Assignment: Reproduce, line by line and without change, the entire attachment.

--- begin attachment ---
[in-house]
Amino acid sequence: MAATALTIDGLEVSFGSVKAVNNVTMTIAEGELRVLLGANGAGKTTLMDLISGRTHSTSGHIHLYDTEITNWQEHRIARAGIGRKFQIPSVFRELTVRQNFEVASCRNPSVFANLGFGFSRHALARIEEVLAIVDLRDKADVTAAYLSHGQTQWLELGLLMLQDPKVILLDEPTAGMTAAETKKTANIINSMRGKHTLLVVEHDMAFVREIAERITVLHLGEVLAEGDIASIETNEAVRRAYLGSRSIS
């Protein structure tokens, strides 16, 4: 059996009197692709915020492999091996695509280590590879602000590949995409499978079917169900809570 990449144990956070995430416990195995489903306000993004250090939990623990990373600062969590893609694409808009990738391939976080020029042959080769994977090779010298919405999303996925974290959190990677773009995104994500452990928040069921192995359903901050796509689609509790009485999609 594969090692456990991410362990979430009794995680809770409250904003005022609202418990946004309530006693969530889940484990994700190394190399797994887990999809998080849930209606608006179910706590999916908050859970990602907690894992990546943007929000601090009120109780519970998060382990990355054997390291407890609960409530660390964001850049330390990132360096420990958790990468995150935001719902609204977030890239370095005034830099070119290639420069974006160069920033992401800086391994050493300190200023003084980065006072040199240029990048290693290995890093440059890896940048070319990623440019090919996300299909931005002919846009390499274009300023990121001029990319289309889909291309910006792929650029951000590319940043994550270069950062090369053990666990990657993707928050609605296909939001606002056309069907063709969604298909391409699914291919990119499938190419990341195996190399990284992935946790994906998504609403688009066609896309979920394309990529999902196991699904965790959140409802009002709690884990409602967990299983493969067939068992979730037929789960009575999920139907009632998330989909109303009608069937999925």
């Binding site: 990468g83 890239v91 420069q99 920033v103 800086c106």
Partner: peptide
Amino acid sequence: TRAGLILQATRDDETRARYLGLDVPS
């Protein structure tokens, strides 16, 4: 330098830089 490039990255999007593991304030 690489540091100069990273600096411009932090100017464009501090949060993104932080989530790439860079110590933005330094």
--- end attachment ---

[in-house]
Amino acid sequence: MAATALTIDGLEVSFGSVKAVNNVTMTIAEGELRVLLGANGAGKTTLMDLISGRTHSTSGHIHLYDTEITNWQEHRIARAGIGRKFQIPSVFRELTVRQNFEVASCRNPSVFANLGFGFSRHALARIEEVLAIVDLRDKADVTAAYLSHGQTQWLELGLLMLQDPKVILLDEPTAGMTAAETKKTANIINSMRGKHTLLVVEHDMAFVREIAERITVLHLGEVLAEGDIASIETNEAVRRAYLGSRSIS
């Protein structure tokens, strides 16, 4: 059996009197692709915020492999091996695509280590590879602000590949995409499978079917169900809570 990449144990956070995430416990195995489903306000993004250090939990623990990373600062969590893609694409808009990738391939976080020029042959080769994977090779010298919405999303996925974290959190990677773009995104994500452990928040069921192995359903901050796509689609509790009485999609 594969090692456990991410362990979430009794995680809770409250904003005022609202418990946004309530006693969530889940484990994700190394190399797994887990999809998080849930209606608006179910706590999916908050859970990602907690894992990546943007929000601090009120109780519970998060382990990355054997390291407890609960409530660390964001850049330390990132360096420990958790990468995150935001719902609204977030890239370095005034830099070119290639420069974006160069920033992401800086391994050493300190200023003084980065006072040199240029990048290693290995890093440059890896940048070319990623440019090919996300299909931005002919846009390499274009300023990121001029990319289309889909291309910006792929650029951000590319940043994550270069950062090369053990666990990657993707928050609605296909939001606002056309069907063709969604298909391409699914291919990119499938190419990341195996190399990284992935946790994906998504609403688009066609896309979920394309990529999902196991699904965790959140409802009002709690884990409602967990299983493969067939068992979730037929789960009575999920139907009632998330989909109303009608069937999925």
């Binding site: 990468g83 890239v91 420069q99 920033v103 800086c106």
Partner: peptide
Amino acid sequence: TRAGLILQATRDDETRARYLGLDVPS
């Protein structure tokens, strides 16, 4: 330098830089 490039990255999007593991304030 690489540091100069990273600096411009932090100017464009501090949060993104932080989530790439860079110590933005330094």